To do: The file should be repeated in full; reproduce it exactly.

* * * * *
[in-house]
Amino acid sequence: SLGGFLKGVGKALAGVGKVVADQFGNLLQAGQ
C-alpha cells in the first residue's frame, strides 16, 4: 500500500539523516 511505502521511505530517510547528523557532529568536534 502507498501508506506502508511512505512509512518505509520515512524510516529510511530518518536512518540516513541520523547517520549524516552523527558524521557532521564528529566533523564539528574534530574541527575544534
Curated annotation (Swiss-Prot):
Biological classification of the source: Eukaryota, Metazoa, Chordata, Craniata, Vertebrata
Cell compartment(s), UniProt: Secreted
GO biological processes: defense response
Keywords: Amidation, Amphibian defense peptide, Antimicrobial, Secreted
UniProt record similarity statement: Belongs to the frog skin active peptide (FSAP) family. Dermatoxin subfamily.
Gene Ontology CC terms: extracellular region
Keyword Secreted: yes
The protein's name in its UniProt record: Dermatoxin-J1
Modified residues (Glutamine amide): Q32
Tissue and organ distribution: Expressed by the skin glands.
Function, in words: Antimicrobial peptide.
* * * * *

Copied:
[in-house]
Amino acid sequence: SLGGFLKGVGKALAGVGKVVADQFGNLLQAGQ
C-alpha cells in the first residue's frame, strides 16, 4: 500500500539523516 511505502521511505530517510547528523557532529568536534 502507498501508506506502508511512505512509512518505509520515512524510516529510511530518518536512518540516513541520523547517520549524516552523527558524521557532521564528529566533523564539528574534530574541527575544534
Curated annotation (Swiss-Prot):
Biological classification of the source: Eukaryota, Metazoa, Chordata, Craniata, Vertebrata
Cell compartment(s), UniProt: Secreted
GO biological processes: defense response
Keywords: Amidation, Amphibian defense peptide, Antimicrobial, Secreted
UniProt record similarity statement: Belongs to the frog skin active peptide (FSAP) family. Dermatoxin subfamily.
Gene Ontology CC terms: extracellular region
Keyword Secreted: yes
The protein's name in its UniProt record: Dermatoxin-J1
Modified residues (Glutamine amide): Q32
Tissue and organ distribution: Expressed by the skin glands.
Function, in words: Antimicrobial peptide.